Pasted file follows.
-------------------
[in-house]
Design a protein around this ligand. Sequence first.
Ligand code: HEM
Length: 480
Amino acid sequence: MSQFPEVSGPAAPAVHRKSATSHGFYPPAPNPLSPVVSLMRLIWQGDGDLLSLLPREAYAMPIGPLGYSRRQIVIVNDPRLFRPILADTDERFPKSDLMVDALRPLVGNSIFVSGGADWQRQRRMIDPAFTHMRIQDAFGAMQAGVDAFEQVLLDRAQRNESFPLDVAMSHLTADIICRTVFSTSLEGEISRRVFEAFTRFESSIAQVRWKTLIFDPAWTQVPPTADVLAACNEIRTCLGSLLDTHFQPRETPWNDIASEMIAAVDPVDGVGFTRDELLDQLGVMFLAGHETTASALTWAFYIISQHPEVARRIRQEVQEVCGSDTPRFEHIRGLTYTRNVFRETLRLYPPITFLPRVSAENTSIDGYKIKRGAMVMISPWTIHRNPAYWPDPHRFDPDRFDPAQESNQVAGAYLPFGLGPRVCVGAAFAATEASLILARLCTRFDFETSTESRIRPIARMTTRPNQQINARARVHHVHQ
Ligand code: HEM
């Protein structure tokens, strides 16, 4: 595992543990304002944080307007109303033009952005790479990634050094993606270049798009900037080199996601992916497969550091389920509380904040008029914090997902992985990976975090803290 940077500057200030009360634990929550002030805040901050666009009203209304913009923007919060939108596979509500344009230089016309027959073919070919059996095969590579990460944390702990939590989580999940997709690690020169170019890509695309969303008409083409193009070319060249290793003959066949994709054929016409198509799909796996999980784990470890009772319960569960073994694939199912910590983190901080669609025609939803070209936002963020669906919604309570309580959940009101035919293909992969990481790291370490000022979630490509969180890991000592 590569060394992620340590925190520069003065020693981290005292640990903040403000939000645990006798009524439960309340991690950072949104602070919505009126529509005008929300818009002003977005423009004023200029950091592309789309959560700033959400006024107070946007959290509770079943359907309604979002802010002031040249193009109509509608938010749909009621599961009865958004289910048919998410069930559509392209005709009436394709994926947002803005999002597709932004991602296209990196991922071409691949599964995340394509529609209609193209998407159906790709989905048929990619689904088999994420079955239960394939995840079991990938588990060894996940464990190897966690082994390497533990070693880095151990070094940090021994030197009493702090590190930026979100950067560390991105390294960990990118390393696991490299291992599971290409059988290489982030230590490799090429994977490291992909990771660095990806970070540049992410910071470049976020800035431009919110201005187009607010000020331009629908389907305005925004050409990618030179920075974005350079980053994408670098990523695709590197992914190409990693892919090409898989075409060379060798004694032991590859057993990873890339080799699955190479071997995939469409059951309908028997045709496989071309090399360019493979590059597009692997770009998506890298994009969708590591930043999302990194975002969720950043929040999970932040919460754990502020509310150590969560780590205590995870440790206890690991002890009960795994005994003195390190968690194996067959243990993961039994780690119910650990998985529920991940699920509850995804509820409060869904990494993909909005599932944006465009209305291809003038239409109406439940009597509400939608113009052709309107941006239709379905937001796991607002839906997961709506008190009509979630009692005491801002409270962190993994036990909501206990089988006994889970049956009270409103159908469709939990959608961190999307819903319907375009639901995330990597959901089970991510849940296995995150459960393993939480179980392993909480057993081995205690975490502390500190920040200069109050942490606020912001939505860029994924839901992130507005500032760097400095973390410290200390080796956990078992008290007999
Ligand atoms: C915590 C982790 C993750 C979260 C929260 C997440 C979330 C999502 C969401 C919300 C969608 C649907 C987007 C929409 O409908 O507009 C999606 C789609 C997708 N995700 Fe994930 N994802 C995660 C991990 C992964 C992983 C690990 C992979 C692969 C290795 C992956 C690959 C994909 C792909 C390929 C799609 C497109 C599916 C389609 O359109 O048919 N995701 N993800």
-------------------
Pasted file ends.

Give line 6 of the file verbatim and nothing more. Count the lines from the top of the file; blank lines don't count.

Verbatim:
Ligand code: HEM